Sun River publishes hiking maps for climbing Taiwan’s Baiyue very similar to Yama to Kogen hiking maps in Japan. They cost 200NT apiece and are should be available at any serious outdoor gear shop. I got the one for the Holy Ridge which covers most of Shei-Pa National Park. The map provided information about the huts, campsites, water sources, model itineraries, course times and elevation profiles for popular routes. If you can’t read Chinese, the map is still useful for matching Chinese characters to signs, water sources, hut locations, course times etc. Beware that trail conditions are constantly changing due to typhoons, earthquakes etc. and maps may not be fully up to date. Check the appropriate national park website for latest conditions before you go.

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Water

According to a Chinese language Taiwan mountaineering book my mom has, there is no water in the mountains of Taiwan that will make you seriously ill, there is only water that may not be very tasty to drink. The mountains are mostly sandstone, shale and half-metamorphosed shale-slate and when the water from the porous sandstone hits impermeable shale, it flows out in delicious mountain springs. Up on a ridge though, the water sources may be brown snow/rainwater ponds, so you’ll probably want a filter for that.

In Taiwan, it’s still not recommended to drink the tap water in the cities; so most people habitually filter or boil their water even if it looks fine. Use your own judgment or ask an aboriginal porter rather than some flatland Taiwanese person.

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Water seeping through cracks in the shale in the Black Forest under Xueshan Main Peak

Weather

As with any high alpine environment, the weather changes really quickly in the mountains. I hiked in July in the typical summer weather pattern of not-a-cloud-in the-sky mornings and short afternoon thunderstorms. Best time to hike, according to the caretaker at 99 Hut, is from September through December when the weather is most stable (after typhoon season and before cold fronts). You can hike most trails year round but snow gear (crampons, ice axe) may be necessary January-March and the difficulty rating on the trail is increased for permitting purposes.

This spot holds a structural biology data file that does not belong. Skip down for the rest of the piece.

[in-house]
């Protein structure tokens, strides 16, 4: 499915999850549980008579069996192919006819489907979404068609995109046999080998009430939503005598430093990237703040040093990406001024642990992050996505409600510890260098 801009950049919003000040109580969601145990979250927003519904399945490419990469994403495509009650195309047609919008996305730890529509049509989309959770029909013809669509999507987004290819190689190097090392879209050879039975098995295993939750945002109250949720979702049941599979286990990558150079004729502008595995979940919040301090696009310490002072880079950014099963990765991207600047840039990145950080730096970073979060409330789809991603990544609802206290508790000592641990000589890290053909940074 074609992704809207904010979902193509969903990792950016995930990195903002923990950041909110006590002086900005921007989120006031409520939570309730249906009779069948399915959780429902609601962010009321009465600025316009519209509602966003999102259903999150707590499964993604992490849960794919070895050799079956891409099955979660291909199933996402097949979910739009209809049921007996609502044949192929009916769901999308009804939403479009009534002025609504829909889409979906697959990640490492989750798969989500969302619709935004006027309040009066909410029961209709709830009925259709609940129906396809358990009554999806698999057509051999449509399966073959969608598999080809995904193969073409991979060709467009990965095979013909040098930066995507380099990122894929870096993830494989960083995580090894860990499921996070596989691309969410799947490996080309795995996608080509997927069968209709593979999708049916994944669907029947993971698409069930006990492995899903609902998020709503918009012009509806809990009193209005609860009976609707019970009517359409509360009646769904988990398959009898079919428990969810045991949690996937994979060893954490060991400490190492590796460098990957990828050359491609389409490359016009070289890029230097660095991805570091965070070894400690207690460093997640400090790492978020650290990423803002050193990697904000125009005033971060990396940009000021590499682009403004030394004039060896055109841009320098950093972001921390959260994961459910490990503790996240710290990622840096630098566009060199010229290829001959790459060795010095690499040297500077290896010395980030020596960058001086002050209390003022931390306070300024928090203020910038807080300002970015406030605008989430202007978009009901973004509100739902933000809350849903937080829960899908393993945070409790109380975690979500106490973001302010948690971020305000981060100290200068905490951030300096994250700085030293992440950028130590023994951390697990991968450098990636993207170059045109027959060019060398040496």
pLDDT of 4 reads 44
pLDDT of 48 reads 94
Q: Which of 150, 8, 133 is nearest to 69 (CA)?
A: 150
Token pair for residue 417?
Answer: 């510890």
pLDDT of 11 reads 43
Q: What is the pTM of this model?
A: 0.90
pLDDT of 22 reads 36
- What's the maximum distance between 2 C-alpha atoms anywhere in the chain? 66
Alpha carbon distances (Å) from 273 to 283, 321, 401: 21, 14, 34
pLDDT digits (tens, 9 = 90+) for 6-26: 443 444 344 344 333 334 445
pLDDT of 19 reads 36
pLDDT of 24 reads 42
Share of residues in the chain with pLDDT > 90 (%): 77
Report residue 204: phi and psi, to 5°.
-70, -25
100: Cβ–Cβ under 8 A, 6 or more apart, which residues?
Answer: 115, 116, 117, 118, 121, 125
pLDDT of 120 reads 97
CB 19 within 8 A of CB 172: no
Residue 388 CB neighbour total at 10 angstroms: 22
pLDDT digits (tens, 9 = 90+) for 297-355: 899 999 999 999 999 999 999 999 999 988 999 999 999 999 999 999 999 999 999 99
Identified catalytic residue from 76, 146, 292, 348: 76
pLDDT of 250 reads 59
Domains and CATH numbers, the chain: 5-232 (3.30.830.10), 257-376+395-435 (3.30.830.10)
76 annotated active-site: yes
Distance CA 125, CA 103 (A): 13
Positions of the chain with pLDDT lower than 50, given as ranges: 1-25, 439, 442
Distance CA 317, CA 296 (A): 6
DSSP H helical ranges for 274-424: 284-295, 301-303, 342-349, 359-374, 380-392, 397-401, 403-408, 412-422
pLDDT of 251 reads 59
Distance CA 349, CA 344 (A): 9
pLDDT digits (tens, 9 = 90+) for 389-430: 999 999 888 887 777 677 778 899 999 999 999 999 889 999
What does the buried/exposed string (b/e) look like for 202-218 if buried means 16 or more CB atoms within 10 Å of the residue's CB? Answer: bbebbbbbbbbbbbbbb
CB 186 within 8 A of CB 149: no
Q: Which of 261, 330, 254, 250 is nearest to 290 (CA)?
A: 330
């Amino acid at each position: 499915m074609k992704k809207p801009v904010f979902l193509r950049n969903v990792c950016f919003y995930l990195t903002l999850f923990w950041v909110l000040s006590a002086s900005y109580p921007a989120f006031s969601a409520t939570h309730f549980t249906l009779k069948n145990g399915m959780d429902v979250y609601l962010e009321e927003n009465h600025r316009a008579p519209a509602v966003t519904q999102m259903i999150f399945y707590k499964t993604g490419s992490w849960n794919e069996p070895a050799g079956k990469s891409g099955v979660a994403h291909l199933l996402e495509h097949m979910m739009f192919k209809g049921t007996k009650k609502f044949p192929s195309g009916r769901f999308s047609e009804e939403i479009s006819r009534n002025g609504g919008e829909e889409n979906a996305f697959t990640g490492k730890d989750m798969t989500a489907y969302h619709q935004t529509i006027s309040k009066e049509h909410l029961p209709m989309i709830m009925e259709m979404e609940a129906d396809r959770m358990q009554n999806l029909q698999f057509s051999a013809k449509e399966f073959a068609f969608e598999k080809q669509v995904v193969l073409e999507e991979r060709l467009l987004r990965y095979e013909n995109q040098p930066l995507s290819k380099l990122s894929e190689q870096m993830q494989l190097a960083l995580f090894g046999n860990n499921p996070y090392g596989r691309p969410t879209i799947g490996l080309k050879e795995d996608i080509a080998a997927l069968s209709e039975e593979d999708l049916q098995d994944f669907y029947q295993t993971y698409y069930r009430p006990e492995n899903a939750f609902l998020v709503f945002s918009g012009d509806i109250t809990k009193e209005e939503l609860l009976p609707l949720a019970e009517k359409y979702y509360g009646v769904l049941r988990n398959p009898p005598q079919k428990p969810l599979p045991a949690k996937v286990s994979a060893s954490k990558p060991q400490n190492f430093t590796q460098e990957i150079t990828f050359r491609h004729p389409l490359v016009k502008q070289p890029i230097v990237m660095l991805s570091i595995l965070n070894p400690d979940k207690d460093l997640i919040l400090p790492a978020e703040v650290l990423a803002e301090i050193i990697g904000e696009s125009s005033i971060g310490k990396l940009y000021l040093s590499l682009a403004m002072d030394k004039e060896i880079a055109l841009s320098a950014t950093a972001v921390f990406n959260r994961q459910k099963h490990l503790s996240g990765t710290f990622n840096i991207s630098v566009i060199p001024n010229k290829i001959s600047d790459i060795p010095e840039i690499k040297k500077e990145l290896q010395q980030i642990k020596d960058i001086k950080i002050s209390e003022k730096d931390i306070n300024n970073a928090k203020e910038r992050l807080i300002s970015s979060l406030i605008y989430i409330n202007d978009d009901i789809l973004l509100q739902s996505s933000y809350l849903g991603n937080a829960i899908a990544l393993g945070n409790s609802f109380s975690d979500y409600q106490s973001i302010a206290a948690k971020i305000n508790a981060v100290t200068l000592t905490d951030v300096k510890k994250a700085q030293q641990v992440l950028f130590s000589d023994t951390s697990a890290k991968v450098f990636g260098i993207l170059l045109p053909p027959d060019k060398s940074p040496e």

In mid-July, at 3000 meters it got down to 8 degrees Celsius at night. Daytime temps above 2000 meters were so comfortable for hiking. It was a great escape from the sweltering sauna of Taiwan summer down below.

Dangerous Animals and Plants

If you see a Formosan Black Bear, you should go buy a lottery ticket because that means you’re really lucky. Their remaining habitat is the three national parks you will probably be hiking in but they are extremely endangered and sightings are extremely rare, so few that no meaningful estimate of the population can be done. Taiwan’s poisonous snakes are nicely distinct looking if you have the misfortune to have to tell a doctor which one bit you for anti-venom, but they don’t live at high elevation. Formosan macaques look small and cute but have been known to be aggressive, so don’t look them in the eye and don’t leave your pack unattended if they are around because they will go for your food.

There is a really scary plant to be aware of that is common in mountain forests called yaorenmao (literally “biting cat”). It’s a variety of stinging nettle. It’s covered with really fine little hairs that will prick and burn you with an acid venom if you accidentally touch it. It was all along segments of Dalu Forest Road on the Daba Trail when I hiked in, and the Forest Service had sent a private contractor to cut it down by the time I hiked out, so it’s good to know they are trying to keep it under control.

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Once bitten, you won’t forget what it looks like.

Elevation

Diamox / Acetazolamide is available over the counter at most any pharmacy in Taiwan for prevention of elevation sickness.

Cultural Quirks